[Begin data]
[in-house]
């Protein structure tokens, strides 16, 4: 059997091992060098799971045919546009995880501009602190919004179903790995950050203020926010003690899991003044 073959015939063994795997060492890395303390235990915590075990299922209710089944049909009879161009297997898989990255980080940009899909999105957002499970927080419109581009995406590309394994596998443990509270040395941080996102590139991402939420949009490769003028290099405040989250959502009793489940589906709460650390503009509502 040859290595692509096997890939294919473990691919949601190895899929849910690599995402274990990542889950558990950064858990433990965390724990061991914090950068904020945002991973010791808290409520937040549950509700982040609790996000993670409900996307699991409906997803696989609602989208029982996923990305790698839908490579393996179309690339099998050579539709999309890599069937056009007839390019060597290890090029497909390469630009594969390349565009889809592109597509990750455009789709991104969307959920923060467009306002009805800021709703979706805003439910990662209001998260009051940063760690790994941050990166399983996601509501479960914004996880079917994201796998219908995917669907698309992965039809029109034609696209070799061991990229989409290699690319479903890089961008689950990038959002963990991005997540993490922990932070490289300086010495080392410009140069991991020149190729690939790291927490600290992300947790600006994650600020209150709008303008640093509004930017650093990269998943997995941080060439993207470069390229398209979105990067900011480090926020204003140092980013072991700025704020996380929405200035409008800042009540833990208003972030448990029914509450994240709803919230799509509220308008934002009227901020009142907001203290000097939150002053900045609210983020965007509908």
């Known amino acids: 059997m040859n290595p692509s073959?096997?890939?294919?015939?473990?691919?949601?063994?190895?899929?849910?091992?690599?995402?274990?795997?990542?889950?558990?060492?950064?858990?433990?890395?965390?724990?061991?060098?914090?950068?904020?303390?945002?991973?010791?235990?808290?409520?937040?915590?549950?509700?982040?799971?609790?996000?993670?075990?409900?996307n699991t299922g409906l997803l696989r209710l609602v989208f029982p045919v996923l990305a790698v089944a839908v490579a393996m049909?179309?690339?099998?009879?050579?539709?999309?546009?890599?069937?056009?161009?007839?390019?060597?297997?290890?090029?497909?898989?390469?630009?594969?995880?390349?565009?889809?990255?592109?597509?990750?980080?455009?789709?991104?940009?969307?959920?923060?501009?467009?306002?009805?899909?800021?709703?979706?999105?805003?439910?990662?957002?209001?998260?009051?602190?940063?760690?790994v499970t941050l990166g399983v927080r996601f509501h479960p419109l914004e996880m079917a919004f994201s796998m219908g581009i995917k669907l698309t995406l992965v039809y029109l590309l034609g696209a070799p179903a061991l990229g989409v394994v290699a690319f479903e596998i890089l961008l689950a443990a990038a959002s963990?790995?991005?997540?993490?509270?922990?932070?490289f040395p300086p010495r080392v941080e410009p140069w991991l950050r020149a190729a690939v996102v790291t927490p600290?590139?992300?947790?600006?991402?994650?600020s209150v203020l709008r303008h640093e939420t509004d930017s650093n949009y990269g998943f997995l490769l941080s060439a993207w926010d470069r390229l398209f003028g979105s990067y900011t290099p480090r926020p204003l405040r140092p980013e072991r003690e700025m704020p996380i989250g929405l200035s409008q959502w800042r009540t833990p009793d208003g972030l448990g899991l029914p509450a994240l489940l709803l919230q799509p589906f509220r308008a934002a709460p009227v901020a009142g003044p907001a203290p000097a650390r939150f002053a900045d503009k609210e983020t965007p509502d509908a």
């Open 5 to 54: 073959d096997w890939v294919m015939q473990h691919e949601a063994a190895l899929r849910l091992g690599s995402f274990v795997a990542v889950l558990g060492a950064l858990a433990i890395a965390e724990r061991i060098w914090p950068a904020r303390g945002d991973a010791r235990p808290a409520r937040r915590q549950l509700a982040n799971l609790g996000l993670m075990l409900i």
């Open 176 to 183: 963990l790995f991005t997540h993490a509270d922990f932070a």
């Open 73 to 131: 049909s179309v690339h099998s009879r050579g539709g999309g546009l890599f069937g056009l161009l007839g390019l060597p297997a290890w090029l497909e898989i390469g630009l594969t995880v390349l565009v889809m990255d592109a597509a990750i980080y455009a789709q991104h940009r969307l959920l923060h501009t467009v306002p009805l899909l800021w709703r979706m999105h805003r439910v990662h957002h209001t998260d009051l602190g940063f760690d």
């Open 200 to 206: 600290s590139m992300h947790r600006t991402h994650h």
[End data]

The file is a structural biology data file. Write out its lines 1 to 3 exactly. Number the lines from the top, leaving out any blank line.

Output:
[in-house]
């Protein structure tokens, strides 16, 4: 059997091992060098799971045919546009995880501009602190919004179903790995950050203020926010003690899991003044 073959015939063994795997060492890395303390235990915590075990299922209710089944049909009879161009297997898989990255980080940009899909999105957002499970927080419109581009995406590309394994596998443990509270040395941080996102590139991402939420949009490769003028290099405040989250959502009793489940589906709460650390503009509502 040859290595692509096997890939294919473990691919949601190895899929849910690599995402274990990542889950558990950064858990433990965390724990061991914090950068904020945002991973010791808290409520937040549950509700982040609790996000993670409900996307699991409906997803696989609602989208029982996923990305790698839908490579393996179309690339099998050579539709999309890599069937056009007839390019060597290890090029497909390469630009594969390349565009889809592109597509990750455009789709991104969307959920923060467009306002009805800021709703979706805003439910990662209001998260009051940063760690790994941050990166399983996601509501479960914004996880079917994201796998219908995917669907698309992965039809029109034609696209070799061991990229989409290699690319479903890089961008689950990038959002963990991005997540993490922990932070490289300086010495080392410009140069991991020149190729690939790291927490600290992300947790600006994650600020209150709008303008640093509004930017650093990269998943997995941080060439993207470069390229398209979105990067900011480090926020204003140092980013072991700025704020996380929405200035409008800042009540833990208003972030448990029914509450994240709803919230799509509220308008934002009227901020009142907001203290000097939150002053900045609210983020965007509908």
């Known amino acids: 059997m040859n290595p692509s073959?096997?890939?294919?015939?473990?691919?949601?063994?190895?899929?849910?091992?690599?995402?274990?795997?990542?889950?558990?060492?950064?858990?433990?890395?965390?724990?061991?060098?914090?950068?904020?303390?945002?991973?010791?235990?808290?409520?937040?915590?549950?509700?982040?799971?609790?996000?993670?075990?409900?996307n699991t299922g409906l997803l696989r209710l609602v989208f029982p045919v996923l990305a790698v089944a839908v490579a393996m049909?179309?690339?099998?009879?050579?539709?999309?546009?890599?069937?056009?161009?007839?390019?060597?297997?290890?090029?497909?898989?390469?630009?594969?995880?390349?565009?889809?990255?592109?597509?990750?980080?455009?789709?991104?940009?969307?959920?923060?501009?467009?306002?009805?899909?800021?709703?979706?999105?805003?439910?990662?957002?209001?998260?009051?602190?940063?760690?790994v499970t941050l990166g399983v927080r996601f509501h479960p419109l914004e996880m079917a919004f994201s796998m219908g581009i995917k669907l698309t995406l992965v039809y029109l590309l034609g696209a070799p179903a061991l990229g989409v394994v290699a690319f479903e596998i890089l961008l689950a443990a990038a959002s963990?790995?991005?997540?993490?509270?922990?932070?490289f040395p300086p010495r080392v941080e410009p140069w991991l950050r020149a190729a690939v996102v790291t927490p600290?590139?992300?947790?600006?991402?994650?600020s209150v203020l709008r303008h640093e939420t509004d930017s650093n949009y990269g998943f997995l490769l941080s060439a993207w926010d470069r390229l398209f003028g979105s990067y900011t290099p480090r926020p204003l405040r140092p980013e072991r003690e700025m704020p996380i989250g929405l200035s409008q959502w800042r009540t833990p009793d208003g972030l448990g899991l029914p509450a994240l489940l709803l919230q799509p589906f509220r308008a934002a709460p009227v901020a009142g003044p907001a203290p000097a650390r939150f002053a900045d503009k609210e983020t965007p509502d509908a």